As an international student in Sweden, you’re allowed to work alongside your studies – there’s no official limitation for how many hours you can work. However, it’s important to keep your studies as your first priority – even when you don’t have many classroom hours, you’re expected to spend the equivalent of a 40-hour work week reading and working on assignments.
Why did you move to Sweden?
I met a beautiful Swedish girl who dragged me to Stockholm with promises of clean air and open spaces. She forgot to mention the high taxes and expensive beer!
Read up on Swedish culture and your new city?
There’s lots to learn about Swedish culture and what you’ll have to look forward to in your free time. Get started by reading about your future home city and starting to follow the news from Sweden via sites like The Local. Get to know ten current students in Sweden and ask them all your questions over at the digital ambassadors’ blog. You can learn all about Swedish traditions, culture and society at Sweden.se.
How do you help scientists in Sweden?
PhdD links were created to supply fresh ideas for job seekers who were looking to move from academia to industry.We help in career centres to deliver interesting courses, workshops and events around the concept of personal branding I use LinkedIn, Facebook, Meetup and traditional tools like the good old CV, to improve applicant’s chances of both being found by, and finding recruiters.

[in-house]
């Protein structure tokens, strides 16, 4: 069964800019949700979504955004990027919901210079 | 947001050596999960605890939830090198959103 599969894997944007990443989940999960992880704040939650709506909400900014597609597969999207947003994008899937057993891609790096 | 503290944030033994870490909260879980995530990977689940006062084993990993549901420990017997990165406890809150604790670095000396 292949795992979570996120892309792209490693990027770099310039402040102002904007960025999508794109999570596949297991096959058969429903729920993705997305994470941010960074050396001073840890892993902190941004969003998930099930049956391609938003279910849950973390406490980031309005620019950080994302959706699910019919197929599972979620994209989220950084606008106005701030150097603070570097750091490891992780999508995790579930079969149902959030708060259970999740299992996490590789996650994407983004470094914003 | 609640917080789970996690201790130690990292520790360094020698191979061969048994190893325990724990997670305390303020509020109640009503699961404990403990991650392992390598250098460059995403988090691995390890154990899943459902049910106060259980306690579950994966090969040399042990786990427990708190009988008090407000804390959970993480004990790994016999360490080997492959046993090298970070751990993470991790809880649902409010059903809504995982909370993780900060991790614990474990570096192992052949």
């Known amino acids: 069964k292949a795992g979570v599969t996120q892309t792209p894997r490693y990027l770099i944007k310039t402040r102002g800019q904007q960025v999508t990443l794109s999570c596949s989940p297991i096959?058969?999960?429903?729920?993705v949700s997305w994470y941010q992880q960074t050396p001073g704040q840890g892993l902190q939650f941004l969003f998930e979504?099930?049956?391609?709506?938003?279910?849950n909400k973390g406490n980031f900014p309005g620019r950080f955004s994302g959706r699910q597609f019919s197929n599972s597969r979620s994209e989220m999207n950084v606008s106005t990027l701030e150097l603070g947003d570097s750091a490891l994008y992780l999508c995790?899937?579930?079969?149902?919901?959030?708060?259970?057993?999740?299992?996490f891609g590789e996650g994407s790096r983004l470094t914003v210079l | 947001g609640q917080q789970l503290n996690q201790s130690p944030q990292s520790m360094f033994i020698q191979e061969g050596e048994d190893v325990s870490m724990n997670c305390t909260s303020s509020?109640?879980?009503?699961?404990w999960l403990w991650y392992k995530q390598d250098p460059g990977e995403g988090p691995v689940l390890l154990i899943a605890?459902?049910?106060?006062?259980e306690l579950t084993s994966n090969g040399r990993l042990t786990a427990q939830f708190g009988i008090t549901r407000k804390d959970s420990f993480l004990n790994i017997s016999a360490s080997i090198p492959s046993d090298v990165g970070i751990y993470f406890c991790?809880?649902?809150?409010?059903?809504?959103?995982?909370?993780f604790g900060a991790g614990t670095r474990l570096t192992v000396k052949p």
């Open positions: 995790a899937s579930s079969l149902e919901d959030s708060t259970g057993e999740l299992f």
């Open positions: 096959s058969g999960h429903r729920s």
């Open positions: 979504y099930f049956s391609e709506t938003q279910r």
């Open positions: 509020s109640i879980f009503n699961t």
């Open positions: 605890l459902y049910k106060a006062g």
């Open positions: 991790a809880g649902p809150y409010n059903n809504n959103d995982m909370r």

What are the advice given to scientists who want to come and work in Sweden?
Sweden is a beautifull country to live, But before moving here you must prepare yourself by building your network,by getting in contact with people who are already here, and try to learn the languagso that you can easily communicate with the local people.
Describe the current atmosphere of science careers in Sweden?
There are so many people who are working on theirPhDs, as this programme seems to be a growing sector.Many larger companies are closing their research facilities but there are new projects like the Medicon Life Science Village in Lund, Southern Sweden, which has nearly 30 product-based companies and 50 service companies including patenting and legal advisor.
Support to Swedish researchers is an important component in Swedish international development cooperation. The aim is to develop and sustain the Swedish knowledge base and research capacity in areas that are of relevance to poverty reduction, to encourage exchange of ideas and information, and to create a two-way scientific research system where cooperation generates new knowledge and encourages innovative thinking. Links and U-Forsk programs are since January 2013 hosted by the Swedish Research Council, Vetenskapsrådet.